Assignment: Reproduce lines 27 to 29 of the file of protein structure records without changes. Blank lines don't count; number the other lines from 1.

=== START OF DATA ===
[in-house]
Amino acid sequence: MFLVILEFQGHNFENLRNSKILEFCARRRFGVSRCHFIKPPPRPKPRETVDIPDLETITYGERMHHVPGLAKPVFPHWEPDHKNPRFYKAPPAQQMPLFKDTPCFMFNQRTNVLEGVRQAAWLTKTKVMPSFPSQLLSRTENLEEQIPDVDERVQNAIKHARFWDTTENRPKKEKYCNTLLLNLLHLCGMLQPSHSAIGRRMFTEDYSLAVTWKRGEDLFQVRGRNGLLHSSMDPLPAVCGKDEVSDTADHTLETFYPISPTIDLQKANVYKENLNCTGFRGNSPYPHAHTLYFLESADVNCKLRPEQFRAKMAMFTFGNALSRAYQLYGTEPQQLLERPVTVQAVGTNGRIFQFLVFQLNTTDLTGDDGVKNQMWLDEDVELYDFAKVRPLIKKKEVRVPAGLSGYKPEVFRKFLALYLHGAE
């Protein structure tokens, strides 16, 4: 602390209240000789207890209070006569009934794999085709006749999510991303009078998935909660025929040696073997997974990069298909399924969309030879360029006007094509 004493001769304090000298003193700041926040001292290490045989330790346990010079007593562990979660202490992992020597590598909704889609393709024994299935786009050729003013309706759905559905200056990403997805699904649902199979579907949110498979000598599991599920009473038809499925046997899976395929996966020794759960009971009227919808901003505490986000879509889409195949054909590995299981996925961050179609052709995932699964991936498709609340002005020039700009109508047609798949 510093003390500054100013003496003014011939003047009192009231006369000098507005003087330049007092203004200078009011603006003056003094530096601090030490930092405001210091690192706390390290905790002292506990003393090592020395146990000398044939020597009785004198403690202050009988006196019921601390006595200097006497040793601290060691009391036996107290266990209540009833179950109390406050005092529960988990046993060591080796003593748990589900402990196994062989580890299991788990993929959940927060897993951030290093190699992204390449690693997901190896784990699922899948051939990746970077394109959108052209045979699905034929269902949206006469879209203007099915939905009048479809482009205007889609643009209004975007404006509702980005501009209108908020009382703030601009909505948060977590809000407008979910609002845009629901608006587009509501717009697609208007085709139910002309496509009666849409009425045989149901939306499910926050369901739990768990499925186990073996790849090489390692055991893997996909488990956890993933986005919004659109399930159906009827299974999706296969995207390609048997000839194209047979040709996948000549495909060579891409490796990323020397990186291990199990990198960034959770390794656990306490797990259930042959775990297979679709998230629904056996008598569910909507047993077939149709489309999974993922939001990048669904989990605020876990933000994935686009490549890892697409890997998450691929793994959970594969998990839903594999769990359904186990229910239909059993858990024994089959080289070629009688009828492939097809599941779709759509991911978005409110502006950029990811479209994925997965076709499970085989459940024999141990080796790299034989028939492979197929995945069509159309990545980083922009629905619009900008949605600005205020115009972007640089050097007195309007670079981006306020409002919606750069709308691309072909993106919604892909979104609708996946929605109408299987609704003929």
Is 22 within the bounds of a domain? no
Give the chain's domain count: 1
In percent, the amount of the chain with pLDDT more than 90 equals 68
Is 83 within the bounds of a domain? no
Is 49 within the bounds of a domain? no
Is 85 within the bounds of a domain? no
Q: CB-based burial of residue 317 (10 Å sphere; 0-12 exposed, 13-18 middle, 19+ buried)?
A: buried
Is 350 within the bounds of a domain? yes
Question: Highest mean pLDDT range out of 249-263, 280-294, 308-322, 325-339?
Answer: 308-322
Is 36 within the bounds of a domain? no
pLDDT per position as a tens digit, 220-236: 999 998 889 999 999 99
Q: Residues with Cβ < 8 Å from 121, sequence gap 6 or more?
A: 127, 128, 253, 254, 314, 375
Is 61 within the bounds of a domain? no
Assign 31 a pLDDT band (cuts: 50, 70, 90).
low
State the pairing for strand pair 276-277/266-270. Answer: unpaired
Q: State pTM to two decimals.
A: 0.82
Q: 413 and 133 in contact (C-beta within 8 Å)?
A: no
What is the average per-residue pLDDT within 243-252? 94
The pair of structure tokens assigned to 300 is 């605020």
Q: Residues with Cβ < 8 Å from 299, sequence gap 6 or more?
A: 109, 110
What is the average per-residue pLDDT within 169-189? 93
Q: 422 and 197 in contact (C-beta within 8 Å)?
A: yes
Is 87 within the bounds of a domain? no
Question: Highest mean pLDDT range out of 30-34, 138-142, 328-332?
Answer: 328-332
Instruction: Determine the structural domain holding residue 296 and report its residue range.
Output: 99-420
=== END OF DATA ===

What is the average per-residue pLDDT within 243-252? 94
The pair of structure tokens assigned to 300 is 């605020």
Q: Residues with Cβ < 8 Å from 299, sequence gap 6 or more?